Clarence Thomas: Precedent Counts (Or Doesn’t)

Supreme Court Justice Clarence Thomas is renowned for saying nothing at oral arguments. These days he won’t shut up. He still has diddly shit to say from the bench, but in connection with promoting his new book he’ll yammer on endlessly to anyone with a microphone.

ABC News legal correspondent Jan Greenburg is blogging her recent interview with Justice Thomas. The installment regarding Thomas’ views on precedent is here.

Somebody help a guy out ova hyeah.  I’ve been through the article three times and can’t for the life of me figure out what Thomas is on about.

I get the part about people thinking Thomas was a Scalia follower. Clarence thinks everyone who ever believed that is a racist. That’s crazy, of course, but at least it’s intelligible.

But the precedent stuff has me totally flummoxed. “Precedent is great except when it interferes with the result I want” is about all I can wring from that gibberish. If anyone can come up with a different interpretation for gems such as . . .

“When you get a case, you have the last decision in the line. That’s what’s on your desk,” Thomas says. “The last decision in the line is like a caboose on a train. Let’s go from the caboose all the way up to the engine, and see what really went on, and let’s think it all through.

“You might get up to the caboose and find out: Oh, there’s nobody in the engine,” Thomas continues. “You say, ‘There’s nobody driving the train. What happened? Where did we go wrong? Maybe we’re headed in the wrong direction. Let’s think it through.’”

. . . please let me know. Thanks in advance.

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Comments

  • illusory tenant  On October 9, 2007 at 7:32 am

    Caboose: Warren Court.
    Engine: Lochner, Plessy, etc.

  • Clutch  On October 9, 2007 at 9:10 am

    It’s simple. He’s saying that sometimes you discover that a series of precedent judgements or opinions were written by nobody at all. Other people have been citing them, and using them to guide their own judgements, but it turns out they had no authors (i.e., drivers). They were just random marks on a page that subsequent generations mistook for reasoned arguments. And this insight is only available if you “go from the caboose” — i.e., like Stephen Colbert’s “knowing with your gut”, but further along in the alimentary system.

    Really, I’m a bit surprised you need this explained.

  • genghishitler  On October 9, 2007 at 9:18 am

    lol I knew I could count on you guys.

  • codesmithy  On October 11, 2007 at 2:58 am

    I hate to do this, and it is a horrible metaphor, but I think what he is trying to say is that precedents sometimes morph the original intent.

    I’m not a constitutional lawyer (or a lawyer for that matter) but the second amendment might be a good example of what he is trying to describe.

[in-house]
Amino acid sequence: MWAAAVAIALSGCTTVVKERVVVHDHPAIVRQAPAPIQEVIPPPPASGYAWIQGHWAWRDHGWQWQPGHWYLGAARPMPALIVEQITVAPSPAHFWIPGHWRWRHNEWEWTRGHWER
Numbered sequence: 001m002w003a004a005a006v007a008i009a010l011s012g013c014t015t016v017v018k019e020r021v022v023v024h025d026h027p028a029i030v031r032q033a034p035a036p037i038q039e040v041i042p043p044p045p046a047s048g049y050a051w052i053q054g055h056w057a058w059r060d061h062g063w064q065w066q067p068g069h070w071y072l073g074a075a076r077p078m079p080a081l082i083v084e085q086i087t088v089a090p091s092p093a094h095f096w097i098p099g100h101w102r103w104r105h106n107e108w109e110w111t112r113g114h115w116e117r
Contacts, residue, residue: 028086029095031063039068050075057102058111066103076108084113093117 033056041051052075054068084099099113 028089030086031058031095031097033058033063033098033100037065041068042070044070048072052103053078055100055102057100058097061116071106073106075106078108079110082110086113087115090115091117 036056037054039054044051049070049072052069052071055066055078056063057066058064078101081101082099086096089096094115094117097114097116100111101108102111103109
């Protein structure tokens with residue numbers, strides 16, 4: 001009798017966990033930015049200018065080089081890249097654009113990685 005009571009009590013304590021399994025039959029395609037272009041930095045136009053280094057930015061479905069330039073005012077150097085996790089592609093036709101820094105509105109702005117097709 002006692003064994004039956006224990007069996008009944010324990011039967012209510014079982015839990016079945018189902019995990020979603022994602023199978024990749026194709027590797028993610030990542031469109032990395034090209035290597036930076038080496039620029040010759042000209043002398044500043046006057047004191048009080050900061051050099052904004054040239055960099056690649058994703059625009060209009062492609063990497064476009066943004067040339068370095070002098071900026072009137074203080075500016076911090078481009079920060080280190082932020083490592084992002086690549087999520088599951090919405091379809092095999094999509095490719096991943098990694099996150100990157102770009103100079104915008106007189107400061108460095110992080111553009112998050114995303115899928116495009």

“A well regulated Militia being necessary to the security of a free State, the right of the people to keep and bear Arms shall not be infringed.”

    Now, how this amendment is written, two things seem clear. 1) The right of the people to keep and bear Arms is contingent on a well regulated militia. 2) It doesn’t speak about guns, it talks about arms, which is reasonably anything that an Army would have access too.

    It is also important to note that the founders, George Washington in particular, thought that well regulated Militias not standing armies were the basis of security of a free republic. The difference is between individual citizen patriots willing to defend their liberty against oppressors as opposed to professional soldiers in a strict hierarchy of military command doing whatever they are told.

    Now, you look at the constitutionality of something like the Brady Handgun Act (the caboose) and all the precedents that preceded it (the cars, ultimately ending at the engine of the 2nd Amendment). Do we have a “well regulated militia” today? If you come to the conclusion that a “well regulated militia” doesn’t reasonably exist, then that would be an example of finding an engine with no driver. We’ve gotten on the wrong track somehow.

    Sorry, that is the best I can do. It is mostly based on knowing that Thomas is a conservative that favors a very strict interpretation of the constitution, not what he actually said. However, the problem is that the standard Thomas claims to endorse is invariably selectively applied which was why I chose the example of the second amendment to explain his tortured metaphor.

  • genghishitler  On October 11, 2007 at 6:39 am

    Nothing to be sorry about there, codesmithy. That’s some terrific stuff.

    However, the problem is that the standard Thomas claims to endorse is invariably selectively applied . . . .

    Truer words were never written, and in Thomas’ case the results are often batshit crazy. For a particularly disturbing example, check out his concurring opinion in Morse v. Frederick, commonly know as the “Bong Hits 4 Jesus” case from the Court’s last term.

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